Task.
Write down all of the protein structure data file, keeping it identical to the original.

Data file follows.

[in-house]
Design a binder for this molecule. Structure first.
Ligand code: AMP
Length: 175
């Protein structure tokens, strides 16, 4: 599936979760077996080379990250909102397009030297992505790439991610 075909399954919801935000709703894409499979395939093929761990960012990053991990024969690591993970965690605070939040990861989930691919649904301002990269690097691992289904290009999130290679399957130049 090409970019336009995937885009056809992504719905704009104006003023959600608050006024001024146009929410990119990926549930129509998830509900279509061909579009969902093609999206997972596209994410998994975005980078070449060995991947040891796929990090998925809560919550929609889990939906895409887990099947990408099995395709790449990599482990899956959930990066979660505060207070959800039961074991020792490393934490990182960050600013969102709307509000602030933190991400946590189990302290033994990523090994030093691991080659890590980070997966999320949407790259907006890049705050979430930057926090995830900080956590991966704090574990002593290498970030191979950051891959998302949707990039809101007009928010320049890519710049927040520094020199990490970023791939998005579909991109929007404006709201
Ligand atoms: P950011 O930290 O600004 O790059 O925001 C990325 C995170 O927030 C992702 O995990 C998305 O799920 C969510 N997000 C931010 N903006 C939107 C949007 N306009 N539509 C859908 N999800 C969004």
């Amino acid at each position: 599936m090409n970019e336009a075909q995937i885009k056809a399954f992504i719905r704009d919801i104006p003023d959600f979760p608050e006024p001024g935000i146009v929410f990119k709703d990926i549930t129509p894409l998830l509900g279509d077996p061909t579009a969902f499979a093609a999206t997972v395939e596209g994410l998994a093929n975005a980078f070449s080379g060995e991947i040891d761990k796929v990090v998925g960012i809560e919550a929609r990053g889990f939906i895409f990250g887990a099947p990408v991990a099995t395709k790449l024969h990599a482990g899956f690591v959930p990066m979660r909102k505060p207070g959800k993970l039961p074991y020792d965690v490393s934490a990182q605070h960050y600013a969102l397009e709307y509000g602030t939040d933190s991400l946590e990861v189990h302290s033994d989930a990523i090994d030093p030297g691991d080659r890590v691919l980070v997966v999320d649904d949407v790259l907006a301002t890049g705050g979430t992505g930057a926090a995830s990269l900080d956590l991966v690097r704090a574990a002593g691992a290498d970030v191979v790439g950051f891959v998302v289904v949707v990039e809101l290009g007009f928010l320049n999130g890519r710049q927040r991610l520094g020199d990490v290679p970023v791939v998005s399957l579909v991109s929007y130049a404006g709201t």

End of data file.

[in-house]
Design a binder for this molecule. Structure first.
Ligand code: AMP
Length: 175
């Protein structure tokens, strides 16, 4: 599936979760077996080379990250909102397009030297992505790439991610 075909399954919801935000709703894409499979395939093929761990960012990053991990024969690591993970965690605070939040990861989930691919649904301002990269690097691992289904290009999130290679399957130049 090409970019336009995937885009056809992504719905704009104006003023959600608050006024001024146009929410990119990926549930129509998830509900279509061909579009969902093609999206997972596209994410998994975005980078070449060995991947040891796929990090998925809560919550929609889990939906895409887990099947990408099995395709790449990599482990899956959930990066979660505060207070959800039961074991020792490393934490990182960050600013969102709307509000602030933190991400946590189990302290033994990523090994030093691991080659890590980070997966999320949407790259907006890049705050979430930057926090995830900080956590991966704090574990002593290498970030191979950051891959998302949707990039809101007009928010320049890519710049927040520094020199990490970023791939998005579909991109929007404006709201
Ligand atoms: P950011 O930290 O600004 O790059 O925001 C990325 C995170 O927030 C992702 O995990 C998305 O799920 C969510 N997000 C931010 N903006 C939107 C949007 N306009 N539509 C859908 N999800 C969004």
């Amino acid at each position: 599936m090409n970019e336009a075909q995937i885009k056809a399954f992504i719905r704009d919801i104006p003023d959600f979760p608050e006024p001024g935000i146009v929410f990119k709703d990926i549930t129509p894409l998830l509900g279509d077996p061909t579009a969902f499979a093609a999206t997972v395939e596209g994410l998994a093929n975005a980078f070449s080379g060995e991947i040891d761990k796929v990090v998925g960012i809560e919550a929609r990053g889990f939906i895409f990250g887990a099947p990408v991990a099995t395709k790449l024969h990599a482990g899956f690591v959930p990066m979660r909102k505060p207070g959800k993970l039961p074991y020792d965690v490393s934490a990182q605070h960050y600013a969102l397009e709307y509000g602030t939040d933190s991400l946590e990861v189990h302290s033994d989930a990523i090994d030093p030297g691991d080659r890590v691919l980070v997966v999320d649904d949407v790259l907006a301002t890049g705050g979430t992505g930057a926090a995830s990269l900080d956590l991966v690097r704090a574990a002593g691992a290498d970030v191979v790439g950051f891959v998302v289904v949707v990039e809101l290009g007009f928010l320049n999130g890519r710049q927040r991610l520094g020199d990490v290679p970023v791939v998005s399957l579909v991109s929007y130049a404006g709201t």